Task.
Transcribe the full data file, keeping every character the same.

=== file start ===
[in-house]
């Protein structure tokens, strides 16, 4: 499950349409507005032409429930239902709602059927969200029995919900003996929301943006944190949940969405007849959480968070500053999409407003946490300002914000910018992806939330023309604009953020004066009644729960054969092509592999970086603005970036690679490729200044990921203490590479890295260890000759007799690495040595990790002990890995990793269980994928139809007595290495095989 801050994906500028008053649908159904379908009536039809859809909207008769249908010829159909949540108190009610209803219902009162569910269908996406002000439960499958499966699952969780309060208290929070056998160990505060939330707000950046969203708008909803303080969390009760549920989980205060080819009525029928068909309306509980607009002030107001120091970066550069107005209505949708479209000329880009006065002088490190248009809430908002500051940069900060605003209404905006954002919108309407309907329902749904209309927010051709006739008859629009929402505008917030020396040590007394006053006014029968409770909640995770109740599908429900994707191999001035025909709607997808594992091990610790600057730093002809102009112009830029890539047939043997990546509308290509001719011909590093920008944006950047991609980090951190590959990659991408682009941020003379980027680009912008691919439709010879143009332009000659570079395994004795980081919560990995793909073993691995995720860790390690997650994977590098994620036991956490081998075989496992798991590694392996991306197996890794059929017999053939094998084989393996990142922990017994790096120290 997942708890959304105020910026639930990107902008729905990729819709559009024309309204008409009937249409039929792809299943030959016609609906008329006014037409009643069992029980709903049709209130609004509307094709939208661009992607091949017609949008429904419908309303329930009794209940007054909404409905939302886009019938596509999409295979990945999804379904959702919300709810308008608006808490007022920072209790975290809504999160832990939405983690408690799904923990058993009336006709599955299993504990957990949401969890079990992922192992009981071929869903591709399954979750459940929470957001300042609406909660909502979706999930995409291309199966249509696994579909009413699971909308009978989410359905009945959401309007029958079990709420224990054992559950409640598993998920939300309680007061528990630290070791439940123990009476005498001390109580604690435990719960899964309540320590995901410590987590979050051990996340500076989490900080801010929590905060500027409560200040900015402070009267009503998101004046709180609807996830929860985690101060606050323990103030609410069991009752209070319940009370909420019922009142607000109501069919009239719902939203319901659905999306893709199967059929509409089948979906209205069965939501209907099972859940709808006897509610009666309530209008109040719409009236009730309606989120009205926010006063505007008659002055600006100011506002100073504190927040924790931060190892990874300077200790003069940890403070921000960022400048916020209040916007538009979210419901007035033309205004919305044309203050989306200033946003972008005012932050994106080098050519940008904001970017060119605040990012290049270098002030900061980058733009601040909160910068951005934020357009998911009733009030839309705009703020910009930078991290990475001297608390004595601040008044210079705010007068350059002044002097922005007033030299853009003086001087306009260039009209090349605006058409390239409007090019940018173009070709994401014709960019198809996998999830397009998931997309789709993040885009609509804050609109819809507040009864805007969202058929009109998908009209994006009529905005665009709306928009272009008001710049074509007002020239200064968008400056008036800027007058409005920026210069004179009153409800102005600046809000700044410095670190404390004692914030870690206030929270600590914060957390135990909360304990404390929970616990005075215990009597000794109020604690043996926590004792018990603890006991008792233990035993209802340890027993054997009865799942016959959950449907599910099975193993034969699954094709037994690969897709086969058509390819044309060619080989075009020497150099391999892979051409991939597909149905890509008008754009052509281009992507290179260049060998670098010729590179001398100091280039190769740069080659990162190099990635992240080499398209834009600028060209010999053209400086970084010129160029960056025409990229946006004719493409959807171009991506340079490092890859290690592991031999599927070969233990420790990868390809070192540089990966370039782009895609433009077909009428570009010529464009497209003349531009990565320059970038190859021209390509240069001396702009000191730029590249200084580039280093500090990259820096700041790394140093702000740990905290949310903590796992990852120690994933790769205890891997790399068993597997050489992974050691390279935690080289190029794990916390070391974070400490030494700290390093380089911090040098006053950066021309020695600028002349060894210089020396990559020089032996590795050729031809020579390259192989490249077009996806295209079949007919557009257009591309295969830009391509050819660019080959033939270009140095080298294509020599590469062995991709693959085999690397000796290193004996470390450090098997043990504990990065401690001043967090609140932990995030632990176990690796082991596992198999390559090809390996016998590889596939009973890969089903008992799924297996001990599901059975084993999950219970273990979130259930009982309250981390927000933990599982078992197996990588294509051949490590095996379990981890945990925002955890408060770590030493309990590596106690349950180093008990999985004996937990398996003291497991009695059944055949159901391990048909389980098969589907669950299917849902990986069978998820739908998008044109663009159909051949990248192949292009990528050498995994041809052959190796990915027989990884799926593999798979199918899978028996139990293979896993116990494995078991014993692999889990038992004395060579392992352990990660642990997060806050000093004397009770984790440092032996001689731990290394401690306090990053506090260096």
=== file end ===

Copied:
[in-house]
């Protein structure tokens, strides 16, 4: 499950349409507005032409429930239902709602059927969200029995919900003996929301943006944190949940969405007849959480968070500053999409407003946490300002914000910018992806939330023309604009953020004066009644729960054969092509592999970086603005970036690679490729200044990921203490590479890295260890000759007799690495040595990790002990890995990793269980994928139809007595290495095989 801050994906500028008053649908159904379908009536039809859809909207008769249908010829159909949540108190009610209803219902009162569910269908996406002000439960499958499966699952969780309060208290929070056998160990505060939330707000950046969203708008909803303080969390009760549920989980205060080819009525029928068909309306509980607009002030107001120091970066550069107005209505949708479209000329880009006065002088490190248009809430908002500051940069900060605003209404905006954002919108309407309907329902749904209309927010051709006739008859629009929402505008917030020396040590007394006053006014029968409770909640995770109740599908429900994707191999001035025909709607997808594992091990610790600057730093002809102009112009830029890539047939043997990546509308290509001719011909590093920008944006950047991609980090951190590959990659991408682009941020003379980027680009912008691919439709010879143009332009000659570079395994004795980081919560990995793909073993691995995720860790390690997650994977590098994620036991956490081998075989496992798991590694392996991306197996890794059929017999053939094998084989393996990142922990017994790096120290 997942708890959304105020910026639930990107902008729905990729819709559009024309309204008409009937249409039929792809299943030959016609609906008329006014037409009643069992029980709903049709209130609004509307094709939208661009992607091949017609949008429904419908309303329930009794209940007054909404409905939302886009019938596509999409295979990945999804379904959702919300709810308008608006808490007022920072209790975290809504999160832990939405983690408690799904923990058993009336006709599955299993504990957990949401969890079990992922192992009981071929869903591709399954979750459940929470957001300042609406909660909502979706999930995409291309199966249509696994579909009413699971909308009978989410359905009945959401309007029958079990709420224990054992559950409640598993998920939300309680007061528990630290070791439940123990009476005498001390109580604690435990719960899964309540320590995901410590987590979050051990996340500076989490900080801010929590905060500027409560200040900015402070009267009503998101004046709180609807996830929860985690101060606050323990103030609410069991009752209070319940009370909420019922009142607000109501069919009239719902939203319901659905999306893709199967059929509409089948979906209205069965939501209907099972859940709808006897509610009666309530209008109040719409009236009730309606989120009205926010006063505007008659002055600006100011506002100073504190927040924790931060190892990874300077200790003069940890403070921000960022400048916020209040916007538009979210419901007035033309205004919305044309203050989306200033946003972008005012932050994106080098050519940008904001970017060119605040990012290049270098002030900061980058733009601040909160910068951005934020357009998911009733009030839309705009703020910009930078991290990475001297608390004595601040008044210079705010007068350059002044002097922005007033030299853009003086001087306009260039009209090349605006058409390239409007090019940018173009070709994401014709960019198809996998999830397009998931997309789709993040885009609509804050609109819809507040009864805007969202058929009109998908009209994006009529905005665009709306928009272009008001710049074509007002020239200064968008400056008036800027007058409005920026210069004179009153409800102005600046809000700044410095670190404390004692914030870690206030929270600590914060957390135990909360304990404390929970616990005075215990009597000794109020604690043996926590004792018990603890006991008792233990035993209802340890027993054997009865799942016959959950449907599910099975193993034969699954094709037994690969897709086969058509390819044309060619080989075009020497150099391999892979051409991939597909149905890509008008754009052509281009992507290179260049060998670098010729590179001398100091280039190769740069080659990162190099990635992240080499398209834009600028060209010999053209400086970084010129160029960056025409990229946006004719493409959807171009991506340079490092890859290690592991031999599927070969233990420790990868390809070192540089990966370039782009895609433009077909009428570009010529464009497209003349531009990565320059970038190859021209390509240069001396702009000191730029590249200084580039280093500090990259820096700041790394140093702000740990905290949310903590796992990852120690994933790769205890891997790399068993597997050489992974050691390279935690080289190029794990916390070391974070400490030494700290390093380089911090040098006053950066021309020695600028002349060894210089020396990559020089032996590795050729031809020579390259192989490249077009996806295209079949007919557009257009591309295969830009391509050819660019080959033939270009140095080298294509020599590469062995991709693959085999690397000796290193004996470390450090098997043990504990990065401690001043967090609140932990995030632990176990690796082991596992198999390559090809390996016998590889596939009973890969089903008992799924297996001990599901059975084993999950219970273990979130259930009982309250981390927000933990599982078992197996990588294509051949490590095996379990981890945990925002955890408060770590030493309990590596106690349950180093008990999985004996937990398996003291497991009695059944055949159901391990048909389980098969589907669950299917849902990986069978998820739908998008044109663009159909051949990248192949292009990528050498995994041809052959190796990915027989990884799926593999798979199918899978028996139990293979896993116990494995078991014993692999889990038992004395060579392992352990990660642990997060806050000093004397009770984790440092032996001689731990290394401690306090990053506090260096």